And finally to another Paralympic hero. The truth is, the decision between Cockroft and Sophie Christiansen was staggeringly difficult; both displayed tremendous courage, humour, charisma and a clear demonstration of everything that is amazing about the London 2012 Games. Cockroft just shades it, perhaps, for the manner in which her exuberance has characterised the wonder of London 2012 to so many people.
As with so many Paralympians, Cockroft was not supposed to be here. A victim of multiple cardiac arrests at birth, her parents were informed that she would never talk, nor even live beyond her teenage years. Yet now a charming, media-friendly and unabashedly engaging 20 year old, Hannah Cockroft is the winner of two gold medals in the T34 100m and 200m sprint races.
Like the greatest number of the British squad – and, indeed, Paralympians of all nations – Hannah Cockroft has helped to open public eyes not only to the way disabled athletes can be astonishing sportspeople, but the way in which they can be astonishing people too. If these Paralympics were about opening our eyes to disability in a new way, perhaps Hannah Cockroft best displayed the greatest achievement of all – it is the point we stopped looking at Paralympians as outstanding athletes considering their disability and began seeing them as outstanding athletes.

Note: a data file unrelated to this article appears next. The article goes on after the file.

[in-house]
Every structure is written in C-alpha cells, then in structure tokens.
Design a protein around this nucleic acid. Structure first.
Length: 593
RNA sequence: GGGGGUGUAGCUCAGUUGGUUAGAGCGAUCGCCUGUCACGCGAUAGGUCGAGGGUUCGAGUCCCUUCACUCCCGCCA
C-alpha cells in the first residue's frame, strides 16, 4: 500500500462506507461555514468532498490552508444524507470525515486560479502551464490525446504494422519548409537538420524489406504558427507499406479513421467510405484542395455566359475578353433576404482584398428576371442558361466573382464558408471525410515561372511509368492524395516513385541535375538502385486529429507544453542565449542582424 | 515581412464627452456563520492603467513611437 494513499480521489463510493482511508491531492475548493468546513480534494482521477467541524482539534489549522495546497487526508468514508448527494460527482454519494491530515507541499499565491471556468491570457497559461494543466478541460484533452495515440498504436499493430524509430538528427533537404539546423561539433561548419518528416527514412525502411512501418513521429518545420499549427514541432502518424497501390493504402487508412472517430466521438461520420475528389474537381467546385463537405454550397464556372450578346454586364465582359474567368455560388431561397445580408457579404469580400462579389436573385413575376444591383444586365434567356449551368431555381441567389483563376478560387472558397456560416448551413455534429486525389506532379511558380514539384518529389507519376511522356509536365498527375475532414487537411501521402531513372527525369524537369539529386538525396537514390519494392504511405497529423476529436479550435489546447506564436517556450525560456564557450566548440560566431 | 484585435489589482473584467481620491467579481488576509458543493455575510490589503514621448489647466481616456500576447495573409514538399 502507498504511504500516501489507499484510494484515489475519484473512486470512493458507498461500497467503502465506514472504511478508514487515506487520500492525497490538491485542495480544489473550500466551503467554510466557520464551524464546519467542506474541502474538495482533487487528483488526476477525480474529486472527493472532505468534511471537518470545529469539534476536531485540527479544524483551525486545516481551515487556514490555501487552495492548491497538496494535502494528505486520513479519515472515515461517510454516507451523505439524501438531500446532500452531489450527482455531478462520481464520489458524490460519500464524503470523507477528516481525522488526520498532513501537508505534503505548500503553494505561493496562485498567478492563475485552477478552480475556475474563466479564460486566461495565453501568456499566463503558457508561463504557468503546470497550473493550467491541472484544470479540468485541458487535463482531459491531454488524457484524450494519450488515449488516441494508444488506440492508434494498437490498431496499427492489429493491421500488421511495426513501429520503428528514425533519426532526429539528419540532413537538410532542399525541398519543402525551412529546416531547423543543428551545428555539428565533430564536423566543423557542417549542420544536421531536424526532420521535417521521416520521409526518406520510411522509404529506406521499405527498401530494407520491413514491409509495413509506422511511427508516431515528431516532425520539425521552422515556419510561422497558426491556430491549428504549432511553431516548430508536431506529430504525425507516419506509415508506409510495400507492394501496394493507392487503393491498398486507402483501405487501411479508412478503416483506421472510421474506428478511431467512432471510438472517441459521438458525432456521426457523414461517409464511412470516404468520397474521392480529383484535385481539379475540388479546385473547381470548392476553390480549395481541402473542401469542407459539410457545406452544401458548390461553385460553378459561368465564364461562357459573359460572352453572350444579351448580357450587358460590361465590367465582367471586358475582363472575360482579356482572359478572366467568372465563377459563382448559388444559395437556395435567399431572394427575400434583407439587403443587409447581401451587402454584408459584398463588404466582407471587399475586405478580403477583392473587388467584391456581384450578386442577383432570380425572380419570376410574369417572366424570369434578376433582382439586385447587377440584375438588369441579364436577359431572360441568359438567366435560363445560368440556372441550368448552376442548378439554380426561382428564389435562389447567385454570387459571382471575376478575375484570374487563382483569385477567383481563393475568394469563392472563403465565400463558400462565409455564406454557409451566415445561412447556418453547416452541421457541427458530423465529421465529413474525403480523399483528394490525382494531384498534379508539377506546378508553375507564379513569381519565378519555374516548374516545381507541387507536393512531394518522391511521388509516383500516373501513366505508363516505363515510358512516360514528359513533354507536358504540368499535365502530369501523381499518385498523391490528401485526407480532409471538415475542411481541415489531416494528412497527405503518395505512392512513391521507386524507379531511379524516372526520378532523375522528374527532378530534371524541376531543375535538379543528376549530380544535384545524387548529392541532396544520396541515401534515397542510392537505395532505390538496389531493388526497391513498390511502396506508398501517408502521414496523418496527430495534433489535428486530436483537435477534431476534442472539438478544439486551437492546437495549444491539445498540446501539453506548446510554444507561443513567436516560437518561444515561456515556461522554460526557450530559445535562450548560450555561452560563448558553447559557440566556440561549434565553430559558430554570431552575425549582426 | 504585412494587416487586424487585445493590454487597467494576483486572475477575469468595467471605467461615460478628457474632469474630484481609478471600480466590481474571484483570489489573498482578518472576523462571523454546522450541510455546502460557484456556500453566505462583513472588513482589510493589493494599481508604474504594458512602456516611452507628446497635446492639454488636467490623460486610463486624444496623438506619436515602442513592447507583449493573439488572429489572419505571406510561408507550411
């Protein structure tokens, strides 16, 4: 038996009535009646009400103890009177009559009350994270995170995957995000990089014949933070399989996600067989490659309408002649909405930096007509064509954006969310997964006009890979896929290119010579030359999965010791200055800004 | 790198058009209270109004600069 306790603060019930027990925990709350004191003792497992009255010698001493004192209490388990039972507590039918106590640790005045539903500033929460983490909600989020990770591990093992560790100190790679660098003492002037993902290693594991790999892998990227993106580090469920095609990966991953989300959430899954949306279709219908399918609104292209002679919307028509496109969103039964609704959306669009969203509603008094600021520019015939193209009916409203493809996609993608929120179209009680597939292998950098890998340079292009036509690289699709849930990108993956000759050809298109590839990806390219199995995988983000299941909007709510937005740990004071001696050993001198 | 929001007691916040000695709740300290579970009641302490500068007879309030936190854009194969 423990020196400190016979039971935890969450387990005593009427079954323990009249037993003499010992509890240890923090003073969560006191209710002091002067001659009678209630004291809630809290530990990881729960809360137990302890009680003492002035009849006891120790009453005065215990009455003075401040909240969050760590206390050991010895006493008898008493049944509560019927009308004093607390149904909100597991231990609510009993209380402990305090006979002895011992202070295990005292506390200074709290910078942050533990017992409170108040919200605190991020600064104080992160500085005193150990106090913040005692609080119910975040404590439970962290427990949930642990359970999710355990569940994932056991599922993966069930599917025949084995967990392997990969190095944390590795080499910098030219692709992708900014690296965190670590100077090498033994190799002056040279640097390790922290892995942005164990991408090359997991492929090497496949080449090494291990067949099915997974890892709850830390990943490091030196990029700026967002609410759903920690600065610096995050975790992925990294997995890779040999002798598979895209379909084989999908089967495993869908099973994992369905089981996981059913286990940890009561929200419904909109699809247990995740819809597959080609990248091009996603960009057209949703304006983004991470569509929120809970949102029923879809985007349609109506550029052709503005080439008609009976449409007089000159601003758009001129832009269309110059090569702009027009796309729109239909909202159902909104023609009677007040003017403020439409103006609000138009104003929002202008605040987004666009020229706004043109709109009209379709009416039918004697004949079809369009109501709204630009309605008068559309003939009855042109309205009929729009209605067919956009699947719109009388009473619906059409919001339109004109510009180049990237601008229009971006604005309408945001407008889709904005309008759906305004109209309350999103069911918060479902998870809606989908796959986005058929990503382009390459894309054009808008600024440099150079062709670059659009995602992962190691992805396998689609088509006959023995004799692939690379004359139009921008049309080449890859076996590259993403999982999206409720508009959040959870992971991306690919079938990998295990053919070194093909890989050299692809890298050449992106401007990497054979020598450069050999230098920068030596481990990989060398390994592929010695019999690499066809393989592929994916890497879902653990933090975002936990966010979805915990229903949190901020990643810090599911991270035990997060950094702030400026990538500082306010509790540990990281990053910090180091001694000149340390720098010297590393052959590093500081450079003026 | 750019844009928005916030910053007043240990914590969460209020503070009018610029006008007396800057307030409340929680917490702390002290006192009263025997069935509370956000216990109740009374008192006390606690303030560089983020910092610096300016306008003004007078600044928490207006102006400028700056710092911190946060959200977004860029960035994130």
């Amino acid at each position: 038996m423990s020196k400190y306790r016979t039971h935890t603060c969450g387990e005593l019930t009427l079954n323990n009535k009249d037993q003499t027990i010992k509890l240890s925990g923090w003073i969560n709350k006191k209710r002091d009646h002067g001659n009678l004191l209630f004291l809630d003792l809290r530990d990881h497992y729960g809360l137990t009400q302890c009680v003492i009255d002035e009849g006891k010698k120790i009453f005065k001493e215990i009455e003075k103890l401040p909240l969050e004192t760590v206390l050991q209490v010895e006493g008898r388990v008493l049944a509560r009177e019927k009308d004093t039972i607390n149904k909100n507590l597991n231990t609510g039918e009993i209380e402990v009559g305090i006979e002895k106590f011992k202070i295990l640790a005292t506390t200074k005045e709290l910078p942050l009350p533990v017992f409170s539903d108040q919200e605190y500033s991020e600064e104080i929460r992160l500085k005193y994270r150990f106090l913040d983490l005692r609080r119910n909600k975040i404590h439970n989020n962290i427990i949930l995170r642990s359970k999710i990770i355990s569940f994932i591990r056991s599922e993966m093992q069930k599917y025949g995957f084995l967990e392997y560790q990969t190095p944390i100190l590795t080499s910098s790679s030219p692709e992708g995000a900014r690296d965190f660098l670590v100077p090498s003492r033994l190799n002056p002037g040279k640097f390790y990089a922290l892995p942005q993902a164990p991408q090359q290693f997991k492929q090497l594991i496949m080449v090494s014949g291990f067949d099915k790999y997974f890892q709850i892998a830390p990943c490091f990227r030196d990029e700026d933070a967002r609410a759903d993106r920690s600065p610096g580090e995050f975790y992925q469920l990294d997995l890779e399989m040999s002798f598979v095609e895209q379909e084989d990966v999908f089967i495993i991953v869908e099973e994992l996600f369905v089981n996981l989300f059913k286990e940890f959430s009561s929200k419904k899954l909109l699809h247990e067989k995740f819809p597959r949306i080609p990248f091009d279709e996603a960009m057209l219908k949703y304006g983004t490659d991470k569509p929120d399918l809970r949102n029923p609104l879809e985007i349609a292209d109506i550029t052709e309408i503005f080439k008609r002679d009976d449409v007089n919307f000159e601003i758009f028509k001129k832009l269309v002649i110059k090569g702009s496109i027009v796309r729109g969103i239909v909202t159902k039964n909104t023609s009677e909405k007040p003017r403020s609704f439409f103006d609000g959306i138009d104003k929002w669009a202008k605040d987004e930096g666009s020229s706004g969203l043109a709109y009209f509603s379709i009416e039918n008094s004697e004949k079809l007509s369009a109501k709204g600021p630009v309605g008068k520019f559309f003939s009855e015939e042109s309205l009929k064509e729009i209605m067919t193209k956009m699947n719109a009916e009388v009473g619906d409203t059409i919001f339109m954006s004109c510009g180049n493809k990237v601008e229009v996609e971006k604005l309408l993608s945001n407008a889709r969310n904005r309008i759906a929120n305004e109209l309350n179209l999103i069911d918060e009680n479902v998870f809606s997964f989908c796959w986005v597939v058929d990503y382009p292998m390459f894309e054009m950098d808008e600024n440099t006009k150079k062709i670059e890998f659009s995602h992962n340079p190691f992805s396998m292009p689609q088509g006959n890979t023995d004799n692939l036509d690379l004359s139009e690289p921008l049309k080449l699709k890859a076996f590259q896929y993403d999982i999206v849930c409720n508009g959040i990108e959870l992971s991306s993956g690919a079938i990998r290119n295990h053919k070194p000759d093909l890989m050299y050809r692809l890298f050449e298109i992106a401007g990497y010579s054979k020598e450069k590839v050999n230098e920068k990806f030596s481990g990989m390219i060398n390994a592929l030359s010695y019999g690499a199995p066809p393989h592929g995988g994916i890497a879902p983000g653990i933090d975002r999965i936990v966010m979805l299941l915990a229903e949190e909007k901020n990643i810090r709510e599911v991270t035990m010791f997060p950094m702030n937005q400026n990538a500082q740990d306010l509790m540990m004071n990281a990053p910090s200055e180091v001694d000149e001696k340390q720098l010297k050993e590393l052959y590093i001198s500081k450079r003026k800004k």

Images from 1) http://www.thesun.co.uk/sol/homepage/sport/olympics 2)http://www.sportinglife.com/london-2012 3)http://www.dailymail.co.uk/sport/olympics/article-2182687 4) http://www.dailymail.co.uk/sport/olympics/article-2182687 5) http://www.thefa.com/News/team-gb/